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Are You Listening?


What happens when you dont listen to your station?

How do you sit in front of a prospective advertiser and express your conviction that your station is a must buy when you don't even listen? Who is the morning host? What benchmarks or features can be sponsored? How does the audience feel about the station? What are the strengths of the station?

I've watched this happen. As a former media buyer, I've had salespeople come to my office who know less about the station than me. Ive experienced sales reps who dont know the call letters, dial positions, the morning host, or even the format. Ive had sales reps sit in front of me, look me in the eye, and confide, "I don't listen to our station; it's not my favorite format. I listen to another station; which quite often is even a different ownership. I would always ask how they could sell a station they didn't listen to, and every time they seemed quite content to shrug their shoulders and not respond.

And this may be symptomatic and start at the top. What happens if the general manager or owner doesn't listen to the station? There is a trickle-down effect. The operations manager may place his or her focus on another station in the cluster where the GM has greater expectations. The sales manager may use the station by bundling it with another powerhouse to "bring in the buy." The engineer may keep the problems at the bottom of the fix it list. The promotions department might use the station for the less desirable on-air promotions. The enthusiasm and energy of the on-air staff could suffer.

And eventually everyone wonders why the ratings are low and the sales are lackluster.

Be cautious when your format is Oldies, and the staff is young. Be leery when the format is Country, and the staff is cosmopolitan. And similarly if your station format is CHR or Rock, and the GM or owner is of a different generation or too conservative to grasp the proper execution of the product. The same holds true for AC stations and male sales reps, and Rock and Sports for female sales reps. Even if its not your format of choice, its the format you need to love in order to represent the product properly.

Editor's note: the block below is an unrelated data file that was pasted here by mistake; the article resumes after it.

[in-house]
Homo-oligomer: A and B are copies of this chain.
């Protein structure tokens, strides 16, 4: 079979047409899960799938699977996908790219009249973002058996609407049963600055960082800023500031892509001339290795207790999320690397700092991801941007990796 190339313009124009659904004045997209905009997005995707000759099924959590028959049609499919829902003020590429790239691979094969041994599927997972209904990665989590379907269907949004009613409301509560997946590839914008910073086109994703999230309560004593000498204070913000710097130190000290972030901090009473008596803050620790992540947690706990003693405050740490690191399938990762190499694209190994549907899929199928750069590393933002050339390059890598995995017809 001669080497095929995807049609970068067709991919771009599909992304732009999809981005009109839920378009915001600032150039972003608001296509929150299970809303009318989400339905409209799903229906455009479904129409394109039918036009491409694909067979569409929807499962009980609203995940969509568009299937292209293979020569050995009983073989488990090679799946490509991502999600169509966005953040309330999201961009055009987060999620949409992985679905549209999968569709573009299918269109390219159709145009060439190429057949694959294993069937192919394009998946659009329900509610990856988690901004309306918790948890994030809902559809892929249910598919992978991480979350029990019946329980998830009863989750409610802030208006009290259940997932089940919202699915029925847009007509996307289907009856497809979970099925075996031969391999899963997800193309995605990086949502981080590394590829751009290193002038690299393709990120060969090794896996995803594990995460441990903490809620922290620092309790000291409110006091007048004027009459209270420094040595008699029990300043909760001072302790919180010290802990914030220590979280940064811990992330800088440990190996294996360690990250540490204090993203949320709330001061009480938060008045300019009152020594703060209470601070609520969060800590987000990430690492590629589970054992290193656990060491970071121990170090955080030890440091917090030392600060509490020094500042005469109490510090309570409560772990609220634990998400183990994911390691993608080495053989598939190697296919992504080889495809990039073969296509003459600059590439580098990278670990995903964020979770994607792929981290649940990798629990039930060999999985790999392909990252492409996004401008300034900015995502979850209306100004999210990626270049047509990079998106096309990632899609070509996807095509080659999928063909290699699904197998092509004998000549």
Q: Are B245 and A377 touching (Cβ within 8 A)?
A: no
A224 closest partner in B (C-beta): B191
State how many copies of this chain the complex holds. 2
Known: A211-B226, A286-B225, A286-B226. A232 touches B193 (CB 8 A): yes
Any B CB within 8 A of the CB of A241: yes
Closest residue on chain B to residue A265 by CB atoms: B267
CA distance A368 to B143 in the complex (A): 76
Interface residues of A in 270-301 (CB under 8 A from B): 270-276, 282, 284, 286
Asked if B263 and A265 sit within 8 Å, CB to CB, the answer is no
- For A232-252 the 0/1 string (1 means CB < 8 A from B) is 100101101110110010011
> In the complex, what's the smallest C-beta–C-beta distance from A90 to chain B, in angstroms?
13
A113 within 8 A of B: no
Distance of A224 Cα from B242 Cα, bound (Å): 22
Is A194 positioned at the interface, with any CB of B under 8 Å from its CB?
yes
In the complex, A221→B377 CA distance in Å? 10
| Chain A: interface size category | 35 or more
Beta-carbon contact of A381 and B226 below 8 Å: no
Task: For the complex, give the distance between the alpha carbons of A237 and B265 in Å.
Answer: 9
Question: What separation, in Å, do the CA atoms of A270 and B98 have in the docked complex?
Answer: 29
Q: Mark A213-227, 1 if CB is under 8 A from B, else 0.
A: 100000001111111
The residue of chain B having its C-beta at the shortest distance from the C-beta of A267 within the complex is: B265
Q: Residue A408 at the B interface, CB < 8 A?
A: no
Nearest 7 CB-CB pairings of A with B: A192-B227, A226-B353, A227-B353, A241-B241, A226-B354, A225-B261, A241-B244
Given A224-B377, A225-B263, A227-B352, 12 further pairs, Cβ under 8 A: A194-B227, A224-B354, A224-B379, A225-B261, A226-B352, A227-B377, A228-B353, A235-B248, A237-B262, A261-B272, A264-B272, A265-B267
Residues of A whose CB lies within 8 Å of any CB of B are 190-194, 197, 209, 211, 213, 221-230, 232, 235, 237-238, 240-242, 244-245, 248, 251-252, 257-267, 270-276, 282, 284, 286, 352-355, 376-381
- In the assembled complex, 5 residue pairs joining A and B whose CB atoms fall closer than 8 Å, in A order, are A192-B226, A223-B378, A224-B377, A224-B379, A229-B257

How does this happen? First, there is no demand or stipulation made by ownership or local management that employees must listen to their station, yet monitoring the competition is encouraged or, in some cases, mandatory.

How often does programming sit down with sales to discuss the overall station promotions, programming, and new talent line-up, or new direction for the format? Unfortunately press releases and gossip blogs are where many of the staff first find out what's going on at their own station. There are "myths and legends" consisting of misinformation that still exist in the history of every market. These myths (a few good, mostly bad) are often the result of industry professionals knowing very little about their own station, or competitors or fans espousing their opinions with full speculation and very little knowledge.

Solutions vary, but usually come from a clear directive from management and demand to match the staff to the product. Try creating a new position for a Junior GSM and give them the CHR or Rock station. They would report to the GSM, but they would create a buffer to stave off the disdain that exists from other managers. Let the music director program the station. The music will get more attention and the air staff will have an advocate. Get the jocks involved in the promotions, and with the advertisers; the quality of the product and dedication to the station will improve. Create an incentive for everyone to dress up the ugly duckling and watch the station become the GM's favorite.

Every general manager and owner loves to rave about a success story, so give them one. Dont let the station remain unattended and unloved. Every station has an audience and the audience knows nothing about the ownership, management, sales, or support staffs, who are all crucial to the success of each and every station. Some of the greatest success stories come from that station, for which someone in management took personal responsibility, worked a bit of magic, and created a superb product that lives in the history of our business as an industry-defining station. But, before they became great, they too may have been ignored.

Lisa Miller is the President of Miller Broadcast Management in Chicago and can be reached at  or 312-454-1111.

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